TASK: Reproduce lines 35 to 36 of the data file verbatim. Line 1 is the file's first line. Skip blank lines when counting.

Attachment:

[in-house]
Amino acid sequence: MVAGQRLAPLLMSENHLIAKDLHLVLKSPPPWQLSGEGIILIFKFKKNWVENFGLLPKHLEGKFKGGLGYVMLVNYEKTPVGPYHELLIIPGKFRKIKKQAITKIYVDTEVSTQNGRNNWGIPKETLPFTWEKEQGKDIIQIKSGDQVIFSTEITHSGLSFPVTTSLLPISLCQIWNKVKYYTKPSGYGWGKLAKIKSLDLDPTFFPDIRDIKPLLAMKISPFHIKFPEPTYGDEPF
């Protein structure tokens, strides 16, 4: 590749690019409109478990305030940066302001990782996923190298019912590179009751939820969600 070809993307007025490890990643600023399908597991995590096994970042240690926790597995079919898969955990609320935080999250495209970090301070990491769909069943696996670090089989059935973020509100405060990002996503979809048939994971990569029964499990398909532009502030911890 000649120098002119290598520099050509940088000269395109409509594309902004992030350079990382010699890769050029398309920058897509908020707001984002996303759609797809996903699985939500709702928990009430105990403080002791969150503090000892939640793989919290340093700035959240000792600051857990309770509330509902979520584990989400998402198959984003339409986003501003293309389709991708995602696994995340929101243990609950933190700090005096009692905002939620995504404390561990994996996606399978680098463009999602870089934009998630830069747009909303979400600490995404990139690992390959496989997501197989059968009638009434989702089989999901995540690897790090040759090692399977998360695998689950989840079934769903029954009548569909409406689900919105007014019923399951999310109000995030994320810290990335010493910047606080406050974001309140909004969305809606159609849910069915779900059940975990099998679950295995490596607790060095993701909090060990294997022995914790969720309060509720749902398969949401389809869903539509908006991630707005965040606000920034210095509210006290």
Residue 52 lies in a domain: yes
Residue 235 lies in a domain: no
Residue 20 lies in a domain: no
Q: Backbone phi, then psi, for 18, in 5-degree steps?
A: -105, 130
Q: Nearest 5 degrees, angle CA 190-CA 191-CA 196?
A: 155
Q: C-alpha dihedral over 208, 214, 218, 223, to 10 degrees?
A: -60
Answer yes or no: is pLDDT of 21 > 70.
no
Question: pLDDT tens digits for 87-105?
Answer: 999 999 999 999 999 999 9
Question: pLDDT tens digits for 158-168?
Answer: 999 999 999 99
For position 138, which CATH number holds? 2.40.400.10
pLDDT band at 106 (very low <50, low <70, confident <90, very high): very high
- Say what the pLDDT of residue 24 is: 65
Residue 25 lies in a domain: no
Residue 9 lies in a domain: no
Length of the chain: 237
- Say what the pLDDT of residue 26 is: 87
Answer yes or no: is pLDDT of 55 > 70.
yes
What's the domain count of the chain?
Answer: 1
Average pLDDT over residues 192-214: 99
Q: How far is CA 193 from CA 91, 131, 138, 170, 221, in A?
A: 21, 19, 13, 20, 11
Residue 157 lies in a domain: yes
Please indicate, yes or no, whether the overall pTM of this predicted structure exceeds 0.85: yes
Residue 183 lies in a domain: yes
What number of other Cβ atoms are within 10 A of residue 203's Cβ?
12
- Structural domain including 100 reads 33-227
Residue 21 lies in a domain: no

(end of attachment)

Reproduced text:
Residue 183 lies in a domain: yes
What number of other Cβ atoms are within 10 A of residue 203's Cβ?